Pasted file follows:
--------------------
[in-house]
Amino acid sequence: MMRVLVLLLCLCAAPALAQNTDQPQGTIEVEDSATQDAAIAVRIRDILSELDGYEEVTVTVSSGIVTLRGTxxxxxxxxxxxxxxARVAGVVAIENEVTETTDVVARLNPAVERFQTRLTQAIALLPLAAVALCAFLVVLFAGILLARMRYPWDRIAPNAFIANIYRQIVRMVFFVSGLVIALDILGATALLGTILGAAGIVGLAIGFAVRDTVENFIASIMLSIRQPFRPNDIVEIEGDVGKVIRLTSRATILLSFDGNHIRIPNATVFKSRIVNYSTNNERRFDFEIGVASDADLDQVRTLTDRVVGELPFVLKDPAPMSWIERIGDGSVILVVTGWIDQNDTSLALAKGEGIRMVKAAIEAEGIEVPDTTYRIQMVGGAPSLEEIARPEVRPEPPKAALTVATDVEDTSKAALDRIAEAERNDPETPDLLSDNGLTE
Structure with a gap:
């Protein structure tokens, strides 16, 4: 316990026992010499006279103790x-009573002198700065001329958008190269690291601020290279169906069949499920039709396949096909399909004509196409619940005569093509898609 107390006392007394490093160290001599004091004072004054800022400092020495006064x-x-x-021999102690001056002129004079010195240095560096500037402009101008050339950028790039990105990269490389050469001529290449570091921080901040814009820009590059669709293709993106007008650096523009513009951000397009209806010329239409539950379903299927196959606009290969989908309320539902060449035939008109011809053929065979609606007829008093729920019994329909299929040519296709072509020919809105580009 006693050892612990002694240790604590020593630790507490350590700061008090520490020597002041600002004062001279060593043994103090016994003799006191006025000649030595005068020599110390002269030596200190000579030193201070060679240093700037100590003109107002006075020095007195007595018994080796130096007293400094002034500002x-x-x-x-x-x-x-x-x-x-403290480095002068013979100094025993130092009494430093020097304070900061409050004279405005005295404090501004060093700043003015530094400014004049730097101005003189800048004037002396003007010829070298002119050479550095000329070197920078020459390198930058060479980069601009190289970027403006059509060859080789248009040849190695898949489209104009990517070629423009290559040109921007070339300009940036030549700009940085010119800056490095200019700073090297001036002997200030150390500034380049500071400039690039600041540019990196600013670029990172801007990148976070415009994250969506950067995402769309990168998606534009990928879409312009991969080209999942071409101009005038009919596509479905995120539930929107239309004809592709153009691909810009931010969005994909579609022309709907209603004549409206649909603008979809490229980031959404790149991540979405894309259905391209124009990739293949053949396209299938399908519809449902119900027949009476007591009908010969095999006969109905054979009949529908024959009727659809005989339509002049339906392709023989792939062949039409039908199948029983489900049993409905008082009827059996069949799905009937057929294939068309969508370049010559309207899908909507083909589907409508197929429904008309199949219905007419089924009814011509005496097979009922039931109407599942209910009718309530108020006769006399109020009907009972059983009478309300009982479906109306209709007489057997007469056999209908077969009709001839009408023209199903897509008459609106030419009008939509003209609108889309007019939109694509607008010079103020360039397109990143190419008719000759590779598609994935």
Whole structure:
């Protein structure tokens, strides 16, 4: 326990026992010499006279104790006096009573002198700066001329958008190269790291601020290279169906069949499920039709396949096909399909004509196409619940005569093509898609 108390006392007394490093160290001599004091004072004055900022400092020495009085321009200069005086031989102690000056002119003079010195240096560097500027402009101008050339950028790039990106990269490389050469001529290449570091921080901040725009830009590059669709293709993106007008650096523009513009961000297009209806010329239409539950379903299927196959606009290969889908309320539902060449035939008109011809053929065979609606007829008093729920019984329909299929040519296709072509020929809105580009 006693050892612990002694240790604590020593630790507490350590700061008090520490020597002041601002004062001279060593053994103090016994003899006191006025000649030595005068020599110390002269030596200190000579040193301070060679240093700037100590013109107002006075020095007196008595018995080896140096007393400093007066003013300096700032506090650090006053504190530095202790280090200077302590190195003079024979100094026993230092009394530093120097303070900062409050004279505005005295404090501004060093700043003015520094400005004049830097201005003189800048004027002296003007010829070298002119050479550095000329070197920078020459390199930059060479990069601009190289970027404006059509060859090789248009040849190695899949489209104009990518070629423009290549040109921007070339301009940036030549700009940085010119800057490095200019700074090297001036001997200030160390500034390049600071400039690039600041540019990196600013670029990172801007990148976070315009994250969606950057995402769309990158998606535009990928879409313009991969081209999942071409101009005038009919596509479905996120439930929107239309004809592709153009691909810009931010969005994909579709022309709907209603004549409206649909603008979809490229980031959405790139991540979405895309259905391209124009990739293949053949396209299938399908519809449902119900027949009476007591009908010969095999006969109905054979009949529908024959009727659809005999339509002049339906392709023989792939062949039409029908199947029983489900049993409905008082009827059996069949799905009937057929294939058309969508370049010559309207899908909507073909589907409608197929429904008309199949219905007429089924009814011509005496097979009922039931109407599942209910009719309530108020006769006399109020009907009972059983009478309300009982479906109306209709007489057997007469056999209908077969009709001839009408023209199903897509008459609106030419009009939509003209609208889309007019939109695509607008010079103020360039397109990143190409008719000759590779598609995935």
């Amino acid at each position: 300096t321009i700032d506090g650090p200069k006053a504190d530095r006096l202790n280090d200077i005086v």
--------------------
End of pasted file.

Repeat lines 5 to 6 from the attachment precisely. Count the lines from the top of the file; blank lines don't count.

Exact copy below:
Whole structure:
């Protein structure tokens, strides 16, 4: 326990026992010499006279104790006096009573002198700066001329958008190269790291601020290279169906069949499920039709396949096909399909004509196409619940005569093509898609 108390006392007394490093160290001599004091004072004055900022400092020495009085321009200069005086031989102690000056002119003079010195240096560097500027402009101008050339950028790039990106990269490389050469001529290449570091921080901040725009830009590059669709293709993106007008650096523009513009961000297009209806010329239409539950379903299927196959606009290969889908309320539902060449035939008109011809053929065979609606007829008093729920019984329909299929040519296709072509020929809105580009 006693050892612990002694240790604590020593630790507490350590700061008090520490020597002041601002004062001279060593053994103090016994003899006191006025000649030595005068020599110390002269030596200190000579040193301070060679240093700037100590013109107002006075020095007196008595018995080896140096007393400093007066003013300096700032506090650090006053504190530095202790280090200077302590190195003079024979100094026993230092009394530093120097303070900062409050004279505005005295404090501004060093700043003015520094400005004049830097201005003189800048004027002296003007010829070298002119050479550095000329070197920078020459390199930059060479990069601009190289970027404006059509060859090789248009040849190695899949489209104009990518070629423009290549040109921007070339301009940036030549700009940085010119800057490095200019700074090297001036001997200030160390500034390049600071400039690039600041540019990196600013670029990172801007990148976070315009994250969606950057995402769309990158998606535009990928879409313009991969081209999942071409101009005038009919596509479905996120439930929107239309004809592709153009691909810009931010969005994909579709022309709907209603004549409206649909603008979809490229980031959405790139991540979405895309259905391209124009990739293949053949396209299938399908519809449902119900027949009476007591009908010969095999006969109905054979009949529908024959009727659809005999339509002049339906392709023989792939062949039409029908199947029983489900049993409905008082009827059996069949799905009937057929294939058309969508370049010559309207899908909507073909589907409608197929429904008309199949219905007429089924009814011509005496097979009922039931109407599942209910009719309530108020006769006399109020009907009972059983009478309300009982479906109306209709007489057997007469056999209908077969009709001839009408023209199903897509008459609106030419009009939509003209609208889309007019939109695509607008010079103020360039397109990143190409008719000759590779598609995935």